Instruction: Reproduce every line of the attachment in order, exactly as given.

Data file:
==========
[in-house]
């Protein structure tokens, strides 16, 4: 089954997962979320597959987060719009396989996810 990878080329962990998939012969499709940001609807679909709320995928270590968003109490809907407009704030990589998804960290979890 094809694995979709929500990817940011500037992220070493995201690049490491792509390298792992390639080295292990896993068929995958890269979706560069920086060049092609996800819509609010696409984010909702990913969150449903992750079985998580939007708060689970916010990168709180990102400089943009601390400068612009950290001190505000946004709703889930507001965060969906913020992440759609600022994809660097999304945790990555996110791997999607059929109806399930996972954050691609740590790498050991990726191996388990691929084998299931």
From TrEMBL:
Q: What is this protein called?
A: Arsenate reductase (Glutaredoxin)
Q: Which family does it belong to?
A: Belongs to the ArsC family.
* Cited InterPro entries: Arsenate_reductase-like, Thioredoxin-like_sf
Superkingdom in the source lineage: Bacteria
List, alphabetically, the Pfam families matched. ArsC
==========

[in-house]
């Protein structure tokens, strides 16, 4: 089954997962979320597959987060719009396989996810 990878080329962990998939012969499709940001609807679909709320995928270590968003109490809907407009704030990589998804960290979890 094809694995979709929500990817940011500037992220070493995201690049490491792509390298792992390639080295292990896993068929995958890269979706560069920086060049092609996800819509609010696409984010909702990913969150449903992750079985998580939007708060689970916010990168709180990102400089943009601390400068612009950290001190505000946004709703889930507001965060969906913020992440759609600022994809660097999304945790990555996110791997999607059929109806399930996972954050691609740590790498050991990726191996388990691929084998299931």
From TrEMBL:
Q: What is this protein called?
A: Arsenate reductase (Glutaredoxin)
Q: Which family does it belong to?
A: Belongs to the ArsC family.
* Cited InterPro entries: Arsenate_reductase-like, Thioredoxin-like_sf
Superkingdom in the source lineage: Bacteria
List, alphabetically, the Pfam families matched. ArsC